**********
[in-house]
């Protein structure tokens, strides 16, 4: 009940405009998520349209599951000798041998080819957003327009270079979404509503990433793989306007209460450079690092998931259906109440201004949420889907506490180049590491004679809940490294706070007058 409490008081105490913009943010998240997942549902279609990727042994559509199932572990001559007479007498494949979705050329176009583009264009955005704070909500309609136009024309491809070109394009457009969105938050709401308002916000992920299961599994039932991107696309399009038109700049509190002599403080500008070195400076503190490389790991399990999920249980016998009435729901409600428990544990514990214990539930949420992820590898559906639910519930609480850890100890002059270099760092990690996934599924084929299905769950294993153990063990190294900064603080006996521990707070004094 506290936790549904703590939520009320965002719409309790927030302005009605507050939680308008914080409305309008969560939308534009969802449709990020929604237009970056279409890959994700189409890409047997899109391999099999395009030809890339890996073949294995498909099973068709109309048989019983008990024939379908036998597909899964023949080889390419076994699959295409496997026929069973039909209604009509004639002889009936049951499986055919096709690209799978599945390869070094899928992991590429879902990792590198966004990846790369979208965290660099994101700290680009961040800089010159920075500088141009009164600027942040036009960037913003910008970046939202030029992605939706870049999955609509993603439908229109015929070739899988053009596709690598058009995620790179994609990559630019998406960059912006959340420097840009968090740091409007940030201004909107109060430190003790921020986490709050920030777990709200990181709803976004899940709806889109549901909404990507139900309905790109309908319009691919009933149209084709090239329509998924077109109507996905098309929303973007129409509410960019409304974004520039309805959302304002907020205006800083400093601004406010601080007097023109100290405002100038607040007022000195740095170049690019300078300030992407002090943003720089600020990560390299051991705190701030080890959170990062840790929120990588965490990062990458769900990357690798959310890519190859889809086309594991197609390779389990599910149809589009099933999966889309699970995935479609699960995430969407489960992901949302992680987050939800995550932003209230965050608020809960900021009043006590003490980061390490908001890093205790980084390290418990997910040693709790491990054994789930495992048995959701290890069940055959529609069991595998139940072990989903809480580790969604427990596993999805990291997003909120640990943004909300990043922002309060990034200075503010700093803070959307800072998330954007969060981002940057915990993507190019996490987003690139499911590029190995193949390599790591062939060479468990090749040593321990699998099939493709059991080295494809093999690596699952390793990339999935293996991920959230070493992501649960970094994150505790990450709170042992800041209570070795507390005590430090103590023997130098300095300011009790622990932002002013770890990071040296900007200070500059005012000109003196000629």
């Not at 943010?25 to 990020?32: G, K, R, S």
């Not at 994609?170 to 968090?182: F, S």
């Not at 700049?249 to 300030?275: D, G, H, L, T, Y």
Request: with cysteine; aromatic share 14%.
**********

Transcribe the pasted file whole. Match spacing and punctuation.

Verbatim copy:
[in-house]
């Protein structure tokens, strides 16, 4: 009940405009998520349209599951000798041998080819957003327009270079979404509503990433793989306007209460450079690092998931259906109440201004949420889907506490180049590491004679809940490294706070007058 409490008081105490913009943010998240997942549902279609990727042994559509199932572990001559007479007498494949979705050329176009583009264009955005704070909500309609136009024309491809070109394009457009969105938050709401308002916000992920299961599994039932991107696309399009038109700049509190002599403080500008070195400076503190490389790991399990999920249980016998009435729901409600428990544990514990214990539930949420992820590898559906639910519930609480850890100890002059270099760092990690996934599924084929299905769950294993153990063990190294900064603080006996521990707070004094 506290936790549904703590939520009320965002719409309790927030302005009605507050939680308008914080409305309008969560939308534009969802449709990020929604237009970056279409890959994700189409890409047997899109391999099999395009030809890339890996073949294995498909099973068709109309048989019983008990024939379908036998597909899964023949080889390419076994699959295409496997026929069973039909209604009509004639002889009936049951499986055919096709690209799978599945390869070094899928992991590429879902990792590198966004990846790369979208965290660099994101700290680009961040800089010159920075500088141009009164600027942040036009960037913003910008970046939202030029992605939706870049999955609509993603439908229109015929070739899988053009596709690598058009995620790179994609990559630019998406960059912006959340420097840009968090740091409007940030201004909107109060430190003790921020986490709050920030777990709200990181709803976004899940709806889109549901909404990507139900309905790109309908319009691919009933149209084709090239329509998924077109109507996905098309929303973007129409509410960019409304974004520039309805959302304002907020205006800083400093601004406010601080007097023109100290405002100038607040007022000195740095170049690019300078300030992407002090943003720089600020990560390299051991705190701030080890959170990062840790929120990588965490990062990458769900990357690798959310890519190859889809086309594991197609390779389990599910149809589009099933999966889309699970995935479609699960995430969407489960992901949302992680987050939800995550932003209230965050608020809960900021009043006590003490980061390490908001890093205790980084390290418990997910040693709790491990054994789930495992048995959701290890069940055959529609069991595998139940072990989903809480580790969604427990596993999805990291997003909120640990943004909300990043922002309060990034200075503010700093803070959307800072998330954007969060981002940057915990993507190019996490987003690139499911590029190995193949390599790591062939060479468990090749040593321990699998099939493709059991080295494809093999690596699952390793990339999935293996991920959230070493992501649960970094994150505790990450709170042992800041209570070795507390005590430090103590023997130098300095300011009790622990932002002013770890990071040296900007200070500059005012000109003196000629």
């Not at 943010?25 to 990020?32: G, K, R, S």
């Not at 994609?170 to 968090?182: F, S």
């Not at 700049?249 to 300030?275: D, G, H, L, T, Y």
Request: with cysteine; aromatic share 14%.